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March 6, 1996


Author Affiliations

Harvard Medical School Cambridge, Mass

JAMA. 1996;275(9):683. doi:10.1001/jama.1996.03530330027016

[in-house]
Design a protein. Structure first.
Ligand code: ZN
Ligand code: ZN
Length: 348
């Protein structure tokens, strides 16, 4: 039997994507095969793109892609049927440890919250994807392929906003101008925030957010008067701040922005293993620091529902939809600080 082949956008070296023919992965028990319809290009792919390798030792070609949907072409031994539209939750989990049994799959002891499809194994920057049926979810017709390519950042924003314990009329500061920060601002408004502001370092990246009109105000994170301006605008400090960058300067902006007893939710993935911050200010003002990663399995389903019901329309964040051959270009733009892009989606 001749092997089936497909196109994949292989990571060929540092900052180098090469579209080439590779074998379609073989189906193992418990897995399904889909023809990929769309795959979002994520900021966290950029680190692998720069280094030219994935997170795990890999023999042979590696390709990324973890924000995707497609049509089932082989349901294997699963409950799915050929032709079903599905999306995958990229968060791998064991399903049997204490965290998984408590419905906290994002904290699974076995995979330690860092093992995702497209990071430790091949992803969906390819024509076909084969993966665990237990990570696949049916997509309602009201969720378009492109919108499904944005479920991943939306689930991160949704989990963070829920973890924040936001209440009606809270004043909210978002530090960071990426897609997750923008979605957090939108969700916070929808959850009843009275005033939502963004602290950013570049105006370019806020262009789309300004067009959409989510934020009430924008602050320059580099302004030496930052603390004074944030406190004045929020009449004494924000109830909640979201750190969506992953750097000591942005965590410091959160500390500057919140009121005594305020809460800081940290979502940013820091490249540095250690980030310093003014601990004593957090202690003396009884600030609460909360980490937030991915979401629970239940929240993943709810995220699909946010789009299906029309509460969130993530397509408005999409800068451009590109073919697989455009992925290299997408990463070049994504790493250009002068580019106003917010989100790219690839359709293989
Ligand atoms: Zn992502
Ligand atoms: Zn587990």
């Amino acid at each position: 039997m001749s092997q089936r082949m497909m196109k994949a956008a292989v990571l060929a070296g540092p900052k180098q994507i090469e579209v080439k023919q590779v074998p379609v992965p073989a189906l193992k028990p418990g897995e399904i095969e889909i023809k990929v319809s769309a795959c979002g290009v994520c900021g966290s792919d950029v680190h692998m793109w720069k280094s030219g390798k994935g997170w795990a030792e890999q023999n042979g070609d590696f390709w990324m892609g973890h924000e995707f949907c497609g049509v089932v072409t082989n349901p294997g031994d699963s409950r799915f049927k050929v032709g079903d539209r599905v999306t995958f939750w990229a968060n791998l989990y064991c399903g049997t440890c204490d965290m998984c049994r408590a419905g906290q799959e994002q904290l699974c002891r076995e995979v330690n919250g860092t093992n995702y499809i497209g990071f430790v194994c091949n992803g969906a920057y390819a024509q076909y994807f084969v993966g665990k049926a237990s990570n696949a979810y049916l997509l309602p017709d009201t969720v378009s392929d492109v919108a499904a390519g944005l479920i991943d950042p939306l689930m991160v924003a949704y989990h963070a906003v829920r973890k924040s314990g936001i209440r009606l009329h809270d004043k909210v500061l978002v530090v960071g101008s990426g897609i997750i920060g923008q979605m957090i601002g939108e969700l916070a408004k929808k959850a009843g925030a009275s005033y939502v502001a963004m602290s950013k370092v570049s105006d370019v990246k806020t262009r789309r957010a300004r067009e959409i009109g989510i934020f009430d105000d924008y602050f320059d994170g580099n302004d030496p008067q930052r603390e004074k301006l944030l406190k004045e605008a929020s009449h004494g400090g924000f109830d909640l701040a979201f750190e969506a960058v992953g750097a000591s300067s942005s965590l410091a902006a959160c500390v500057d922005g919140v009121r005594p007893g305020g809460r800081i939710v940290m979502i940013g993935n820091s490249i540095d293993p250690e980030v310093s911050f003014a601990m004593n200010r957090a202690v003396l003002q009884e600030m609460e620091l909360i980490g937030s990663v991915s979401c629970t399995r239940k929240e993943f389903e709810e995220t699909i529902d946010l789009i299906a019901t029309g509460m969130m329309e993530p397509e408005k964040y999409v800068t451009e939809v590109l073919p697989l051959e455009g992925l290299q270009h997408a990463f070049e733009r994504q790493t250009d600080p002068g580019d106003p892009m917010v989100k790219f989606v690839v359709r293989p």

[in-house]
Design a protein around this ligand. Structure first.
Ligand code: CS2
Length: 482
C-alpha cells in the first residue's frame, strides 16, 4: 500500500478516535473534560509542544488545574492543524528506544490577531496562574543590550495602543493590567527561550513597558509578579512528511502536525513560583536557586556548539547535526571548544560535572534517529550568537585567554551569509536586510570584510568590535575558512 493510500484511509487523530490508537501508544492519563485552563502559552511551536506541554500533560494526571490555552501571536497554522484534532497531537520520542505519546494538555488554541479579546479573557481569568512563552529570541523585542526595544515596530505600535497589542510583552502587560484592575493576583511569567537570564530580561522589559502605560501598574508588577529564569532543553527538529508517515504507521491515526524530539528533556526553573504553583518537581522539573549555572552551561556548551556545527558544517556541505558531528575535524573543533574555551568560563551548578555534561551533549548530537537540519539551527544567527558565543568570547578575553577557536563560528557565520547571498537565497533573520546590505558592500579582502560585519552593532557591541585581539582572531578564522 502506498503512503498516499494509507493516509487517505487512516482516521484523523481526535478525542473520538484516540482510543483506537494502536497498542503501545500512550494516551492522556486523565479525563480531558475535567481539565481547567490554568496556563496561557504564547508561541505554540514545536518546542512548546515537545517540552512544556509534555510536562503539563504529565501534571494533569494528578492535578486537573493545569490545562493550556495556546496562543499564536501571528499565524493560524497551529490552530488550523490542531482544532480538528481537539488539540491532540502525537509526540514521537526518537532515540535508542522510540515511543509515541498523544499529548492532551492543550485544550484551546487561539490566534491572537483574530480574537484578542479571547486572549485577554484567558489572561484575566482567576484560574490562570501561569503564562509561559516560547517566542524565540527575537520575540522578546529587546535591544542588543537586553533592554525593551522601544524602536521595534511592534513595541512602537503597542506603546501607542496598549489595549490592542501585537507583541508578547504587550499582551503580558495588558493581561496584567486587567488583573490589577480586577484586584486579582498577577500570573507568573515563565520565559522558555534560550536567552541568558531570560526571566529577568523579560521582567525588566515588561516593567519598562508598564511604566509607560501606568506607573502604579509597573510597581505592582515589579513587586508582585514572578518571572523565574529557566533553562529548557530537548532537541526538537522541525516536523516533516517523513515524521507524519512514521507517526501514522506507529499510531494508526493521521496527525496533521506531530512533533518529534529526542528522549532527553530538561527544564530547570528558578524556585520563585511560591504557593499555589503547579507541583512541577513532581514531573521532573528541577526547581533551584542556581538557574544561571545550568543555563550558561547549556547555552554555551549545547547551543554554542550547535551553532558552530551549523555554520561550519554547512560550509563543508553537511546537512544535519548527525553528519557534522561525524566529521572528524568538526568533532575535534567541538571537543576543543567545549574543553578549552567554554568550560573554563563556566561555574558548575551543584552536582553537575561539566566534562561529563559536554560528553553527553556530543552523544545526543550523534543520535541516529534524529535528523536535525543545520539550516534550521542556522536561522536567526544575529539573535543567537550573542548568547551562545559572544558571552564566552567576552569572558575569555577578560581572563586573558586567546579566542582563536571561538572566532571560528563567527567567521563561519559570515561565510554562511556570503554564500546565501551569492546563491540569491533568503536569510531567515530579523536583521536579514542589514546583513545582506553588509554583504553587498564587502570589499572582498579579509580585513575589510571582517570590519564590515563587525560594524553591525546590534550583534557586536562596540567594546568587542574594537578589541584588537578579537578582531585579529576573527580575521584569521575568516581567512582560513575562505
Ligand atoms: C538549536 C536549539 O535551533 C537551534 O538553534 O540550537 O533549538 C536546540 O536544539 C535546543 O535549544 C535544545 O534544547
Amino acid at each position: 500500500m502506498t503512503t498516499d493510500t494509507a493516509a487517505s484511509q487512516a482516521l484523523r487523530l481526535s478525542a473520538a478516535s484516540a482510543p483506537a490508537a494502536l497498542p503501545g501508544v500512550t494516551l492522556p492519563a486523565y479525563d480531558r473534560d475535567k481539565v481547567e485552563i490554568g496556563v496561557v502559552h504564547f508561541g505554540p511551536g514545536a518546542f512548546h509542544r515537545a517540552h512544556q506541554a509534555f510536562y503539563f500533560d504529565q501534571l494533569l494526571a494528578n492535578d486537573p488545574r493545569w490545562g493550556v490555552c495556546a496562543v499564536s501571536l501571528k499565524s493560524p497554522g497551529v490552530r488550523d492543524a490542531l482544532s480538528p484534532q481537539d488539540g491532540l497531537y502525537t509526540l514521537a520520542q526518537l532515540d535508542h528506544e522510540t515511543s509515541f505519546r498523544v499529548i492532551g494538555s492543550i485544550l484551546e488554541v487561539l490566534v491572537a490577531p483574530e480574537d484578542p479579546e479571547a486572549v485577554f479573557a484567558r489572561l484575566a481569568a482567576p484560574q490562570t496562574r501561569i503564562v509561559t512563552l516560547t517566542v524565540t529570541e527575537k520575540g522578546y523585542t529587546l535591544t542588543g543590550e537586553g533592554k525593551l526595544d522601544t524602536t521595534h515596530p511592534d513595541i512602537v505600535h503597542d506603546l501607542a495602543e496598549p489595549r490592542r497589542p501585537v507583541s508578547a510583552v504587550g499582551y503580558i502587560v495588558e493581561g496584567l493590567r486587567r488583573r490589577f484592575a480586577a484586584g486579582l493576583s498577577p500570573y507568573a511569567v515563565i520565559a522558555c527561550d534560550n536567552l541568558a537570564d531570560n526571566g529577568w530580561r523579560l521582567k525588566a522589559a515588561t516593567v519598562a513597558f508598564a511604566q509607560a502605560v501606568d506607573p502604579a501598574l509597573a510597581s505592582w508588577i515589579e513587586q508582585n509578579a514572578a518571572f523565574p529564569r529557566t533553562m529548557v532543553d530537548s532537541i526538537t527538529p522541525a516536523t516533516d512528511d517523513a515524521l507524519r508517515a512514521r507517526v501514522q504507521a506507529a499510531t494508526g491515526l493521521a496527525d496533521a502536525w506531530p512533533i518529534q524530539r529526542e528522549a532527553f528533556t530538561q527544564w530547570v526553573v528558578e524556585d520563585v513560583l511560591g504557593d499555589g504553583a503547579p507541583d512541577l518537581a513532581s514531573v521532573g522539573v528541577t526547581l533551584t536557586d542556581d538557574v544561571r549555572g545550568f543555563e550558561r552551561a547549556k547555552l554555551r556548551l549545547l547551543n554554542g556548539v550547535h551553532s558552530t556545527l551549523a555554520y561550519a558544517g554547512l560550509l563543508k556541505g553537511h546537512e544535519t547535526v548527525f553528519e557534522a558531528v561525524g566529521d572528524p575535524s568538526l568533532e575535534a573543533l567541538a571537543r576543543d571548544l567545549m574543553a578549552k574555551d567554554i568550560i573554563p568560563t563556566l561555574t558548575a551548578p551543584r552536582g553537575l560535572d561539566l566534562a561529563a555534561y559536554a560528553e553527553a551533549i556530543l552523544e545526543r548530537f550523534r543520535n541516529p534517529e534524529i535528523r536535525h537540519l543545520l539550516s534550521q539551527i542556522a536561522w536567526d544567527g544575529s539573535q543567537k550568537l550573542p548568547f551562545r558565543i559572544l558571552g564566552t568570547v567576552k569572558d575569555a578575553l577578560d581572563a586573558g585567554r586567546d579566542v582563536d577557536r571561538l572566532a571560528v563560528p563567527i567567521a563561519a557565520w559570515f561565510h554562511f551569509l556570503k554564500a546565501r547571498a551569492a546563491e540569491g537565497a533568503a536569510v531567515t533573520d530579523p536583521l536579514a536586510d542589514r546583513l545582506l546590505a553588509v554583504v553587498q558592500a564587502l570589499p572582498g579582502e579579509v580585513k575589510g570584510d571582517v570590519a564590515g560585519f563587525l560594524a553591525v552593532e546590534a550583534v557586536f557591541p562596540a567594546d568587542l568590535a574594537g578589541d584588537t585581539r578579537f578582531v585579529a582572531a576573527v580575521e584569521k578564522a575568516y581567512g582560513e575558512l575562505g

To the Editor.  —Dr Mirvis and colleagues1 claim that TennCare, Tennessee's managed care Medicaid program, has "increased the percentage of Tennesseans younger than 65 with health insurance from 89% in 1993 to 95% in 1994—the highest of any state." These figures are at odds with data from the US Census Bureau's March 1995 and 1994 Current Population Surveys (CPSs).2 Each March, the Census Bureau surveys about 130 000 people representative of the noninstitutionalized US population to ascertain their health insurance, employment, and income during the preceding calendar year. In analyzing this data set, we considered individuals insured if they reported health coverage under any public or private program. We used the March CPS Final Weight, a multiplier provided by the Census Bureau, to calculate uninsurance rates for each state. Based on the CPS data, 88.8% of Tennesseans younger than age 65 were insured in 1994, up from 85.3%